I have been interviewed a few times before on my voluntary work… for magazines and newspapers. I didn’t have much problem with that.
But I have also turned down to be interviewed live on TV to talk about the same thing.
Last week I got an email from a researcher representing a TV Production, searching around for materials for a community based programme, who got to know of my voluntary work through this blog. This person was asking how they (the production) could help me so I could continue to help others.
A very tempting offer indeed but frankly I don’t even know where to start to suggest how they can help me in view of the confidentiality issues involved. When I mentioned about confidentiality, the person suggested that the focus will be on me, telling the stories of the various families without showing their pictures or mentioning their names… what are the problems faced etc.
Of course, there’s a good side to that:
1. Such a show can help to create awareness amongst the public on the problems faced by the HIV families, and problems faced by us volunteers in carrying out our work.
2. The publicity would be good in getting funding.
the problem of whether to go high profile or to keep a low profile had always been a dilemma for us. Too low a profile, and it’ll difficult to get funding to run the NGO and to help out the HIV families. Too high a profile, and our HIV clients may no longer feel comfortable being seen with us, what more to have us visiting them at their homes.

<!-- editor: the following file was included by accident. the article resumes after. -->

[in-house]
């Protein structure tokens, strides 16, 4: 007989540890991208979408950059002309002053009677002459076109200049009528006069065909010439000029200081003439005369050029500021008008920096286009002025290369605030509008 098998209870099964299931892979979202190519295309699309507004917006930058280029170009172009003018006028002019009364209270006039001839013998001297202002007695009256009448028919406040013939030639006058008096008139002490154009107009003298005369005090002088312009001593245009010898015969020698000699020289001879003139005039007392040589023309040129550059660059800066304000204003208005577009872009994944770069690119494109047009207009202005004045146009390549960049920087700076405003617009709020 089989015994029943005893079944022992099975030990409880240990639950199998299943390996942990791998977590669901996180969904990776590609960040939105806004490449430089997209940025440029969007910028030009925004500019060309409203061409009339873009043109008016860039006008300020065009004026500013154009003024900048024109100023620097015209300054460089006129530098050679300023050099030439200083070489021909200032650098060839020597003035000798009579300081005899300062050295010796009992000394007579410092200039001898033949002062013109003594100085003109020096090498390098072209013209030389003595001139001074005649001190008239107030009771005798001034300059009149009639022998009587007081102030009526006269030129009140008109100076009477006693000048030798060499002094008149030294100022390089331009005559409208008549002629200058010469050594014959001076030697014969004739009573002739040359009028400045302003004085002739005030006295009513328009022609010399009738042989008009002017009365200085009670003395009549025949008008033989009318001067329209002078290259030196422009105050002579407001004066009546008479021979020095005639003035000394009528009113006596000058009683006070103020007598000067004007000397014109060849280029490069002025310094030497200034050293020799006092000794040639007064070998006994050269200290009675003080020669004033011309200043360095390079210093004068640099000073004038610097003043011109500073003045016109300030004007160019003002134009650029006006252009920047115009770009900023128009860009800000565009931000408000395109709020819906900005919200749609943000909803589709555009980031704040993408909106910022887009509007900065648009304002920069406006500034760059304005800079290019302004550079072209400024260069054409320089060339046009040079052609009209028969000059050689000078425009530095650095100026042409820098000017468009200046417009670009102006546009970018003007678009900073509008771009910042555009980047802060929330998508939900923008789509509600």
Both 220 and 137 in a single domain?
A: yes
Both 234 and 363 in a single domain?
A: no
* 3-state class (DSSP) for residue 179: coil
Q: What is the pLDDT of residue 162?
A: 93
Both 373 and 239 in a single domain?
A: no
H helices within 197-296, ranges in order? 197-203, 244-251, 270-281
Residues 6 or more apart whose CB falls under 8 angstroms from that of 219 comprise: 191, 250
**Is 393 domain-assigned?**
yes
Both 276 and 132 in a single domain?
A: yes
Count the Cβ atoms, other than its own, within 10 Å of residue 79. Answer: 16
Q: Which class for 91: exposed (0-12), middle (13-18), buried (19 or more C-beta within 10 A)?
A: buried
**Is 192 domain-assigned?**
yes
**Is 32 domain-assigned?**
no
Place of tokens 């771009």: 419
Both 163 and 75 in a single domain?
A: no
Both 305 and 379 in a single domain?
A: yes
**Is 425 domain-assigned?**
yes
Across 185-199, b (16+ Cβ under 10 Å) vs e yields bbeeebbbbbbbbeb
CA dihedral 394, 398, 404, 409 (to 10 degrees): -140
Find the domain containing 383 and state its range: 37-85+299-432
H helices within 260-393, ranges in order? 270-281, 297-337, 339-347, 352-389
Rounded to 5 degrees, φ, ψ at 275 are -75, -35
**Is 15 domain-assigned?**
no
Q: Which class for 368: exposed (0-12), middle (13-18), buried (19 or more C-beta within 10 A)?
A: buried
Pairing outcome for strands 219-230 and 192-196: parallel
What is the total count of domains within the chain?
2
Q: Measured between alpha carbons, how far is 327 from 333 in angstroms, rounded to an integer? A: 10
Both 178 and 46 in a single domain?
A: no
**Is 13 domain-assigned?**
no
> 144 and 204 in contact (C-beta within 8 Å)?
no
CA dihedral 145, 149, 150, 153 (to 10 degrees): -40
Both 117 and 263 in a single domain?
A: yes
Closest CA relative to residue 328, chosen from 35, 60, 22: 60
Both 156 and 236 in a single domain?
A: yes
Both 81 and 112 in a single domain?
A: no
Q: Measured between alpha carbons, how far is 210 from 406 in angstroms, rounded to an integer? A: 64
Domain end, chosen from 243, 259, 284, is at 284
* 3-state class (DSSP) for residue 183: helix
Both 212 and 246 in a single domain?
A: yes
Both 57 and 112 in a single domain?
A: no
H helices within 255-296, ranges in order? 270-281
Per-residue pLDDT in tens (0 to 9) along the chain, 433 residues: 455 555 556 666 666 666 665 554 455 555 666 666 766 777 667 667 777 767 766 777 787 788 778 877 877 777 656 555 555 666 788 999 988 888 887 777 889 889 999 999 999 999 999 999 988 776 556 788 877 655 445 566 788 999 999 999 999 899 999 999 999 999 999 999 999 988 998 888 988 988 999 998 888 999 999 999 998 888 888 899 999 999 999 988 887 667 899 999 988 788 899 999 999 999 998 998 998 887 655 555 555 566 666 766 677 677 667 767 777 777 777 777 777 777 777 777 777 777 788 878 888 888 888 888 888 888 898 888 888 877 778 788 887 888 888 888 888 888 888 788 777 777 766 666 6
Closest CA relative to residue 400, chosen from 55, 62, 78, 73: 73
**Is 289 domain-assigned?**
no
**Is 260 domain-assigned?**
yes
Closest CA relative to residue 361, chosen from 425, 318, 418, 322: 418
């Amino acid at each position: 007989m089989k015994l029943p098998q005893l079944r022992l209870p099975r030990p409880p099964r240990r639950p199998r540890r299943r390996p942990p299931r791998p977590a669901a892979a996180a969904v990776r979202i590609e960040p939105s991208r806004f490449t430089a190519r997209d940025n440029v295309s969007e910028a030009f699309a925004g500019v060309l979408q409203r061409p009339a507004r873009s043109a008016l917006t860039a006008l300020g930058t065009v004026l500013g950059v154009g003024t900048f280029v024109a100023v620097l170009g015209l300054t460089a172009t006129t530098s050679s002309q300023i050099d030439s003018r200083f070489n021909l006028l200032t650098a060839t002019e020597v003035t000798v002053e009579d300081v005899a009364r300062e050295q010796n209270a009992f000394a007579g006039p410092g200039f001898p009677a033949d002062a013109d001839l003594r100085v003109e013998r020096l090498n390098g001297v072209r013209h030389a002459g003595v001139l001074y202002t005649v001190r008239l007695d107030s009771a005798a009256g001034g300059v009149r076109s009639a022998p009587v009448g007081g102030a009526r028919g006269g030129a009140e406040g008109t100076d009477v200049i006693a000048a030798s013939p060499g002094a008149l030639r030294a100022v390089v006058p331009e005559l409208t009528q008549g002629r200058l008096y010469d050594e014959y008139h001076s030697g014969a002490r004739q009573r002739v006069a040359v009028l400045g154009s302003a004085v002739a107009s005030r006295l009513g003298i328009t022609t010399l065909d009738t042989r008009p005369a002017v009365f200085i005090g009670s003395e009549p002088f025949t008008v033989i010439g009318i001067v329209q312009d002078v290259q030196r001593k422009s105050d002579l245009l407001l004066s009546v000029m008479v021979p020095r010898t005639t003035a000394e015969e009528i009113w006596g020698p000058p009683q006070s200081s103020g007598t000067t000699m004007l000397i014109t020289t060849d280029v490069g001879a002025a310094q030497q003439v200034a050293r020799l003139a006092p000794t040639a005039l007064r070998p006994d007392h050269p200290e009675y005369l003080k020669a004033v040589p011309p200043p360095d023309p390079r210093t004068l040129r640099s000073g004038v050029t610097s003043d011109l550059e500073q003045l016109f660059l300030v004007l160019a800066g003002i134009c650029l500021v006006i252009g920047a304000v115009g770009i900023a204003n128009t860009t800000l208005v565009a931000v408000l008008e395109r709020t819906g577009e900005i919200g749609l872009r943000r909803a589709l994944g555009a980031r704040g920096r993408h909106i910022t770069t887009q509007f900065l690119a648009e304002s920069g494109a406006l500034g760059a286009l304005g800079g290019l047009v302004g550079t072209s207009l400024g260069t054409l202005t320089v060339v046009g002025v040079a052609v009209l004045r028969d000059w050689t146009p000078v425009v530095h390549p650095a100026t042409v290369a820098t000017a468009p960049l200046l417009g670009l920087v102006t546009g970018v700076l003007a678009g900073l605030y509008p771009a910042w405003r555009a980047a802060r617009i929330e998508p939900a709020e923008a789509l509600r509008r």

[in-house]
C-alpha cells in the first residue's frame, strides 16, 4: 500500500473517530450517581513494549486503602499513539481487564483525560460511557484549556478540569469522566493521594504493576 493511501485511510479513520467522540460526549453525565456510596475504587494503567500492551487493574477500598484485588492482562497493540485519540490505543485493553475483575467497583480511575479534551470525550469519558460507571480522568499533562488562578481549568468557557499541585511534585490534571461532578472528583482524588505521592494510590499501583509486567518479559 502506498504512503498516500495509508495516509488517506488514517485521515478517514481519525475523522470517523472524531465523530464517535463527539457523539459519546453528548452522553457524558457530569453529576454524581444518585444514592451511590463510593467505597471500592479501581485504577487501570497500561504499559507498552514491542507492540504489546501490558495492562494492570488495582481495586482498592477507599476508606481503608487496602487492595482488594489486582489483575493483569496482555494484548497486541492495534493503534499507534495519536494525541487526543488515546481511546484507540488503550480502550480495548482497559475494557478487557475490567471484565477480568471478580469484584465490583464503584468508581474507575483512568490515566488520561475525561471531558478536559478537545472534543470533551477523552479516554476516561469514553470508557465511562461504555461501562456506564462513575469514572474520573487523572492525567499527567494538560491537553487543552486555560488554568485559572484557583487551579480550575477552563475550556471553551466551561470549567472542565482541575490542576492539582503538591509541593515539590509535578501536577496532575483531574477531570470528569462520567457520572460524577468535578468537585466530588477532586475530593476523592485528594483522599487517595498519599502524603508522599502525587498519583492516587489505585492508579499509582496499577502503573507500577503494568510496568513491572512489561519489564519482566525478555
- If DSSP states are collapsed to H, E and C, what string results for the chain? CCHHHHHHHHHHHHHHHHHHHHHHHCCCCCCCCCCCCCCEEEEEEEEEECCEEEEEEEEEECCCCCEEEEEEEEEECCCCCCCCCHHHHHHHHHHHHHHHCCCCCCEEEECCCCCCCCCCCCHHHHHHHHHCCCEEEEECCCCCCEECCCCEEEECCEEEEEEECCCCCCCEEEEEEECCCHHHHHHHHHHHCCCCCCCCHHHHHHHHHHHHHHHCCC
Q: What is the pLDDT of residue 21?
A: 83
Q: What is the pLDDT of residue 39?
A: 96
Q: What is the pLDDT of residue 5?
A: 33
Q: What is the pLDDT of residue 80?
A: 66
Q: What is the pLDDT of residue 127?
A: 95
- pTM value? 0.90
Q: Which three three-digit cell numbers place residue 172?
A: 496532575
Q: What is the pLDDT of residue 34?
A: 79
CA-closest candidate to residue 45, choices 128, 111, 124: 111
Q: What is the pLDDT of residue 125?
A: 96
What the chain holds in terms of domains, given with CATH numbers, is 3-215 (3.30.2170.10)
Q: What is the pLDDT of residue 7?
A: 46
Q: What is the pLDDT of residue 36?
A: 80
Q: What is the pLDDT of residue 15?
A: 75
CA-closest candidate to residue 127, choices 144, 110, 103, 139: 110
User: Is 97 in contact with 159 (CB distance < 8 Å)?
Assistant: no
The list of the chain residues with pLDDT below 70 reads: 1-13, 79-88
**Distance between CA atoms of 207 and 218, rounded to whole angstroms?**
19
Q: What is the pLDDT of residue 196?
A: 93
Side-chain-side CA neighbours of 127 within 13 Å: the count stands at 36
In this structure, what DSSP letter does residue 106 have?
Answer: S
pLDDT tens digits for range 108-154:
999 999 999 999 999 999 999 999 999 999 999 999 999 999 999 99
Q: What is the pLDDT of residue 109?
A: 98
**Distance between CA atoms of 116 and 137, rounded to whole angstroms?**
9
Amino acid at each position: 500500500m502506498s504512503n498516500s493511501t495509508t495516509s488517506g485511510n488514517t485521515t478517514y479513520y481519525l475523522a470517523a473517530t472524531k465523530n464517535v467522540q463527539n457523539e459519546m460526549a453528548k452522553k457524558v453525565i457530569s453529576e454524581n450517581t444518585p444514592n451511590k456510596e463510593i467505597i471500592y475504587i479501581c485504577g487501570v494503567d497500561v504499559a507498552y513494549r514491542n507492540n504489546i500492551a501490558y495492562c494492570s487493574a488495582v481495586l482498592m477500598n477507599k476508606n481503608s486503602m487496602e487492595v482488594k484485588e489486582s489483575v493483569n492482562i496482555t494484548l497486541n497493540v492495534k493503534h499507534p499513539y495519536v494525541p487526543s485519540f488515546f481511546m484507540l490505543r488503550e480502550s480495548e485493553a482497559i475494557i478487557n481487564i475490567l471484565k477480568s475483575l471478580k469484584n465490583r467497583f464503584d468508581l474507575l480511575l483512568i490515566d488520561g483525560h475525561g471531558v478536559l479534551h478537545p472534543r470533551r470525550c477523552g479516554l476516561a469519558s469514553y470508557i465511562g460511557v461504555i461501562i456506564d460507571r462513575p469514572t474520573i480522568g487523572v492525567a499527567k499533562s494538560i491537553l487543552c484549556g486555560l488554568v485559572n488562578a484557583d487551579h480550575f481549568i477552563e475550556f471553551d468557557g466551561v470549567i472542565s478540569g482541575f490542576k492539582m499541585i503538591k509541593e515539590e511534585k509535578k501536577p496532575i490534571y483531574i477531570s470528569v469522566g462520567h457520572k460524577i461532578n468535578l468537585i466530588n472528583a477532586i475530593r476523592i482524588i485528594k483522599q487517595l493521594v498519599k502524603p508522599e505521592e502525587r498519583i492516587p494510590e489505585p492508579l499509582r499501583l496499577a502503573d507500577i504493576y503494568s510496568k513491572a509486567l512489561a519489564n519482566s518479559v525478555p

Well yeah, one TV appearance will not make you famous, but once you accept one offer, you may not have an excuse to turn down another, and so you may end up doing one appearance after another. After a while, people may or may not start recognising you. Imagine me visiting a client, and a neighbor sees me and asks, “Ni yang hari tu keluar TV cerita pasal nak tolong keluarga-keluarga HIV tu kan?” Imagine how my clients would feel. Even without neighbors recognising me, the clients themselves may feel that the neighbors are thinking that way – and so they will no longer feel comfortable with my visits.
Besides, for some of these families, their children/in-laws etc do not know about their HIV status. All they know is that I come visiting from time to time because they come from poor families. Imagine if they end up watching me on TV telling the public about the HIV families I visit?
Let’s just go back to the main objective of our NGO… that is to provide support to people living with HIV and their families. We need to gain their trust and confidence to be able to do so.
And so we need to go on a so-so profile, not too high and not too low. Awareness is still important of course, thus I resorted to creating awareness through this blog and through my FB account. The next option is for me to start writing a book. In fact I already have plans to write one in Malay.
But to appear on TV to talk about my work with the HIV families? Errmm… for the moment I don’t think so. It’s different if I don’t do house visits…